It is really very hot. Image credit: NASA
In case you haven’t noticed, it’s very hot. Not just hot, but the heat wave sweeping across Europe is currently shattering previous records, mirroring predictions of the devastating effects of climate change – except it’s happening 30 years before scientists originally thought.
England is currently melting in temperatures expected to reach 41C (106F) and recently experienced the hottest night on record, places in France topped 43C on Monday and Spain is experiencing wildfires who rage. The UK government has been forced to issue the first-ever orange warning for the risk of death posed by the heat, urging residents to stay indoors.
That said, you’d expect a lot of people to finally become more aware of the real impacts of climate change – after all, that heat wave doesn’t even happen during El Nino, which usually brings high temperatures. However, many have instead taken the position that these temperatures are hardly remarkable, as in 1976 the UK experienced almost the same heat. So, is 1976 even a little like this heat wave, or is it just climate denialism?
The heat wave of 1976 versus 2022
In 1976, the UK experienced the highest temperatures since records began. England and Ireland experienced severe drought as intense heat soared to over 30C for 16 days in a row, and the summer was one of the hottest and driest ever. Twentieth century ; it was also attributed to 20% “excess deaths” during the heatwave period.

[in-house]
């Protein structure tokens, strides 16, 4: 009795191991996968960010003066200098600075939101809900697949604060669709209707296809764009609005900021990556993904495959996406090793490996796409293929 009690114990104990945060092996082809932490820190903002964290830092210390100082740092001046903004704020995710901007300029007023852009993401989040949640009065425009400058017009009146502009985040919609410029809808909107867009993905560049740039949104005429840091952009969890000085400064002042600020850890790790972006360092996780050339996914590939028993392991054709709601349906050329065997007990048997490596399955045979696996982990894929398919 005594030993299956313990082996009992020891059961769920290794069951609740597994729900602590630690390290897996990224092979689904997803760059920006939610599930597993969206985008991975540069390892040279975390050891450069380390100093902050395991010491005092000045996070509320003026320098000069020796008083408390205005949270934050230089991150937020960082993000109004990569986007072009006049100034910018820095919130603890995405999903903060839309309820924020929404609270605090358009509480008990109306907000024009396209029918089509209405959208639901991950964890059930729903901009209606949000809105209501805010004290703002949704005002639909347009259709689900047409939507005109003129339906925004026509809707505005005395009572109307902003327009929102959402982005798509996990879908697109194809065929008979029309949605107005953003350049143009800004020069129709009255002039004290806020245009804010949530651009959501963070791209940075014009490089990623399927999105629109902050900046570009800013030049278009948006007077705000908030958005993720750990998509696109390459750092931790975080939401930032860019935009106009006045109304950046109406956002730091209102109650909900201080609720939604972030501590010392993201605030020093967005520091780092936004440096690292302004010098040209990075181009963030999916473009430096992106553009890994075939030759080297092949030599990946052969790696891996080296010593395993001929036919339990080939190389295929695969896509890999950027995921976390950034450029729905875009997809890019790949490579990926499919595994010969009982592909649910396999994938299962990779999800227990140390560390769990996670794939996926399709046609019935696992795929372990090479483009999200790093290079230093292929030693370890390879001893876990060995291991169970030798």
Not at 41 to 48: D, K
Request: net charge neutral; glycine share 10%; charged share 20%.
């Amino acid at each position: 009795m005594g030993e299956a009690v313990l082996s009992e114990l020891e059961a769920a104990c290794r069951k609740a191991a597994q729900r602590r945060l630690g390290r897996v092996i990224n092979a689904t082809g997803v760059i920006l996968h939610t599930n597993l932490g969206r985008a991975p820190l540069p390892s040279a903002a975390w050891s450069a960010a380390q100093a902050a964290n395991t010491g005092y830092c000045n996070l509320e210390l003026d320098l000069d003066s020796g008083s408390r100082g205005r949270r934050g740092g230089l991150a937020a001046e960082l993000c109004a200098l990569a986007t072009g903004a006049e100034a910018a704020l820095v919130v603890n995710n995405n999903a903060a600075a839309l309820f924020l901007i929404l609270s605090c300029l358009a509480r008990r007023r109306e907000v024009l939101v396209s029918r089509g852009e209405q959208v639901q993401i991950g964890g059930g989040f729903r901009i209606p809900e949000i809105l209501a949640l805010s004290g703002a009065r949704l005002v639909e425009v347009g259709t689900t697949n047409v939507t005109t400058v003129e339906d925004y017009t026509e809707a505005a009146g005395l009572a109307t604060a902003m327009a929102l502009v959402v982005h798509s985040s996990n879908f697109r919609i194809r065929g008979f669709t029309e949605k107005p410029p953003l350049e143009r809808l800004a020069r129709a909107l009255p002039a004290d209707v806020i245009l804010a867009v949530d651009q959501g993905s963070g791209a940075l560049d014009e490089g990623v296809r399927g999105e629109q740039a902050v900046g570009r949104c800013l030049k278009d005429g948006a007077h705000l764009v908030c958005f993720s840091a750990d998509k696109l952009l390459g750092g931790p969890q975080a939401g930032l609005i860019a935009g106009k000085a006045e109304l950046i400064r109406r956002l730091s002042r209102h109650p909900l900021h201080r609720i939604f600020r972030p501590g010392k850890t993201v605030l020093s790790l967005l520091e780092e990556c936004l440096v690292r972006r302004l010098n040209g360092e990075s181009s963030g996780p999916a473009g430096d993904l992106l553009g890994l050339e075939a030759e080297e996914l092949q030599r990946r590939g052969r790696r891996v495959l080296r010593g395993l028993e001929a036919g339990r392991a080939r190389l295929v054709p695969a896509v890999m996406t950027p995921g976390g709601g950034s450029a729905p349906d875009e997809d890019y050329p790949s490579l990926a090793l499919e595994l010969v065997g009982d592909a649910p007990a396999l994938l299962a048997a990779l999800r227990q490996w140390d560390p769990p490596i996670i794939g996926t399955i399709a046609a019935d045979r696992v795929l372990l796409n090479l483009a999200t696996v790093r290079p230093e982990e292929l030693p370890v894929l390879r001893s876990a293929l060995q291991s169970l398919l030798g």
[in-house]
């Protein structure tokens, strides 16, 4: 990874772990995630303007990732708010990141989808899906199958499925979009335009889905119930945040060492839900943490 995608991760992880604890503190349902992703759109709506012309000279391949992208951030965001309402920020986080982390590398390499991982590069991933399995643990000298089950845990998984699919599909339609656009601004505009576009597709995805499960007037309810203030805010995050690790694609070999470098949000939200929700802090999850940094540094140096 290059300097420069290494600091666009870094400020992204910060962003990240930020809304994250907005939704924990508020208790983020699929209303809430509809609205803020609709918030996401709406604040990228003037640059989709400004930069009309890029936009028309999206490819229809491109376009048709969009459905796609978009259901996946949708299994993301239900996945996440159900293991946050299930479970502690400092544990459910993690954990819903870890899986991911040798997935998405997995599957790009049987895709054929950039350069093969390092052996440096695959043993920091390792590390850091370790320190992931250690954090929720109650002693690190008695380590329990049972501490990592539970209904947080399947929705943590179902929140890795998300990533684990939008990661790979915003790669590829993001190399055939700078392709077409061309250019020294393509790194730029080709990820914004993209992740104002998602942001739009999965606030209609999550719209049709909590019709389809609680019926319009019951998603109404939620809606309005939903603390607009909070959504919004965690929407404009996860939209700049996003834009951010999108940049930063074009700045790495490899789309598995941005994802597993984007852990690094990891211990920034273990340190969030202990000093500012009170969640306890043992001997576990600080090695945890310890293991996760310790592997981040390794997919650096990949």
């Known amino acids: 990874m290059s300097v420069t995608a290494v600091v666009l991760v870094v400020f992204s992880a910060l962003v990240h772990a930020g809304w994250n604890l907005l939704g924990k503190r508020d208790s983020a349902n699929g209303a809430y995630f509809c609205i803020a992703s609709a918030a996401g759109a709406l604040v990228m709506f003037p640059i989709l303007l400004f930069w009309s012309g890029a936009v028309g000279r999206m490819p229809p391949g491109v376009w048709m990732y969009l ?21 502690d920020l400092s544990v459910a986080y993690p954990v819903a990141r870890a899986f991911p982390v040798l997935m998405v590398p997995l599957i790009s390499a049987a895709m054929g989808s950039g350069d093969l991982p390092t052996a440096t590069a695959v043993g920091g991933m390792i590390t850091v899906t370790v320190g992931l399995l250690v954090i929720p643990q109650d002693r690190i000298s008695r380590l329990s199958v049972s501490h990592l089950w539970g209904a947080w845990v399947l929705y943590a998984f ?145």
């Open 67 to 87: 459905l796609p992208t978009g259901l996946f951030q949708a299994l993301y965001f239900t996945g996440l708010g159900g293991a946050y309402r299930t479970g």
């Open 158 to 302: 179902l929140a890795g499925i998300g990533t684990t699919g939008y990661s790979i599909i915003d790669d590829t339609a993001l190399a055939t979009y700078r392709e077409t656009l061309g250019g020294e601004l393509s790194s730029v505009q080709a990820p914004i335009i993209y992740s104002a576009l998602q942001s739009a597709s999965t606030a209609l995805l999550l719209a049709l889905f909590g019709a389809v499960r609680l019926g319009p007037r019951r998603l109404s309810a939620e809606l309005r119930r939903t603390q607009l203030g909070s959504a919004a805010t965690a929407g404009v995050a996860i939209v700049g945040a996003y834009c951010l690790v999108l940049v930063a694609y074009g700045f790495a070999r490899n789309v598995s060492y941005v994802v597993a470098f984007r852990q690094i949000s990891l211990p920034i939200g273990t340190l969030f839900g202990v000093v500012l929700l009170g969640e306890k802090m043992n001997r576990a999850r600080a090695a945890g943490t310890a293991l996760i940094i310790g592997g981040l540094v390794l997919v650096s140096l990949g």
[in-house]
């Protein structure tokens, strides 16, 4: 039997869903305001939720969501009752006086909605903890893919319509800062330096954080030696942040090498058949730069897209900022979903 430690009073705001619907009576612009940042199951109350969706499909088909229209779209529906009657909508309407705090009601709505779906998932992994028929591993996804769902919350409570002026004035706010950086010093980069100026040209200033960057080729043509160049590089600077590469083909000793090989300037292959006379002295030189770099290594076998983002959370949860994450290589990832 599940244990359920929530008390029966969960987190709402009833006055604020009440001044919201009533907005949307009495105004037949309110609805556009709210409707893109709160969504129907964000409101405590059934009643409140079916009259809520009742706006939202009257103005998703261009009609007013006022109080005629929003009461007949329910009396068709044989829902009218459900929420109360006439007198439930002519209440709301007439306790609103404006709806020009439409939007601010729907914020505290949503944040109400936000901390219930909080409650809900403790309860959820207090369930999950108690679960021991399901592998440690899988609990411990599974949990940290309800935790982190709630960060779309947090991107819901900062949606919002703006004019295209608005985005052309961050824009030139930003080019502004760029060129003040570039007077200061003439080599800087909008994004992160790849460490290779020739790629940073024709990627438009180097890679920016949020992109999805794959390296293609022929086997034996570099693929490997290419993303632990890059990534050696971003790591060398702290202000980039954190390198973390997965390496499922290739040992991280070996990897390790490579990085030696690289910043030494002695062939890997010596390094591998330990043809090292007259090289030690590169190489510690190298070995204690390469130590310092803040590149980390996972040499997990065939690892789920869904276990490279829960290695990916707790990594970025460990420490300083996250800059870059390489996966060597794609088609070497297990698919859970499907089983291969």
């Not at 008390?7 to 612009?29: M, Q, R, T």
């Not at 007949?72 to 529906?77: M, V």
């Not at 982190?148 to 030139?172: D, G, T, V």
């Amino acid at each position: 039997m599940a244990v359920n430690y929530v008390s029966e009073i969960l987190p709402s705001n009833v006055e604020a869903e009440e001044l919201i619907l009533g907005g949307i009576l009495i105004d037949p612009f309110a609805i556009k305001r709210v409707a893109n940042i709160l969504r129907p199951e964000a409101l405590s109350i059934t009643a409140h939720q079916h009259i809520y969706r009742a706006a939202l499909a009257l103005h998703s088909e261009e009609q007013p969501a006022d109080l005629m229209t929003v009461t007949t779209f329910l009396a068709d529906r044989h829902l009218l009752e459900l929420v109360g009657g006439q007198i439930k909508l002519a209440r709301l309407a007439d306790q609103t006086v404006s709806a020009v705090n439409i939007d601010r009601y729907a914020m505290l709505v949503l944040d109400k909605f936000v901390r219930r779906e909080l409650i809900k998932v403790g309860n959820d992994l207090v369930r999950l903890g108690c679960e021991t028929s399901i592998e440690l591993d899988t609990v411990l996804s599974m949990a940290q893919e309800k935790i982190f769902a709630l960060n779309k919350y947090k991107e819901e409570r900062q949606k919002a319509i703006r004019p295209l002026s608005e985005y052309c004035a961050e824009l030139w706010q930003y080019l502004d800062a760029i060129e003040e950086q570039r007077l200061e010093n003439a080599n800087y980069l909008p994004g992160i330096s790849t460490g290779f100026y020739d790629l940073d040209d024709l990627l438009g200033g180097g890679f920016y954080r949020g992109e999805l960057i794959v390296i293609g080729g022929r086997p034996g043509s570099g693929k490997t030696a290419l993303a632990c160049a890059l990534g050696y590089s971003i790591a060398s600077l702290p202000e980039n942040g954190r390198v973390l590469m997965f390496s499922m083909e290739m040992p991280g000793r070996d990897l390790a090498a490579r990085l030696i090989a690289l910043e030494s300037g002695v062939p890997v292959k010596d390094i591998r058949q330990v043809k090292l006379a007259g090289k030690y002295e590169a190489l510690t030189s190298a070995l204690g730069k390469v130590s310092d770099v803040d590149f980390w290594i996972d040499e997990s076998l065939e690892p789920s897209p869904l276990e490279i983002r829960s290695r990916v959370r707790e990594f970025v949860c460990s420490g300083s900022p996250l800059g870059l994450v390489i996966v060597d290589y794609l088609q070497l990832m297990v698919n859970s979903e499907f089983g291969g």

At its peak, the summer of 1976 saw a high of 35.9°C. Yet despite the high temperatures, this was an incredibly rare event that has not been seen for many years.
Compare that to the heat wave of 2022. Temperatures are expected to peak at 41°C, but have already soared past 1976, with some places experiencing 40°C, breaking the previous record. Yet that record was set just three years ago in 2019, when 38.7C was recorded in Cambridge, UK. The speed at which records are now being set is startling, and the regularity of hot, dry summers is becoming more apparent.
Over the past 30 years the average temperature has increased according to a 2020 Met Office climate report, and nine of the ten hottest days on record have occurred during this period.
“1976 was indeed a heatwave and we’ve had heatwaves before, but the fact is they’re happening more often and they’re getting more intense,” said Professor Hannah Cloke, a climate scientist at the University of Reading, in a statement to the BBC.
But that’s not all. Not only is the UK bubbling on a scale well beyond 1976, but the whole world is. Taking a NASA climate anomaly map, it becomes apparent that the 1976 heatwave was significantly less widespread and much less intense compared to the 2022 heatwave.
Look at the difference? Image credit: NASA
Consequently, over the past two years, the UK and other countries have experienced heat waves that pale 1976 in comparison, setting and breaking new records as they go. The average temperature has risen, freak events like now are becoming more intense and frequent, and the Met Office and raw data indicate that both of these factors are directly linked to climate change. Maybe it’s time to take note.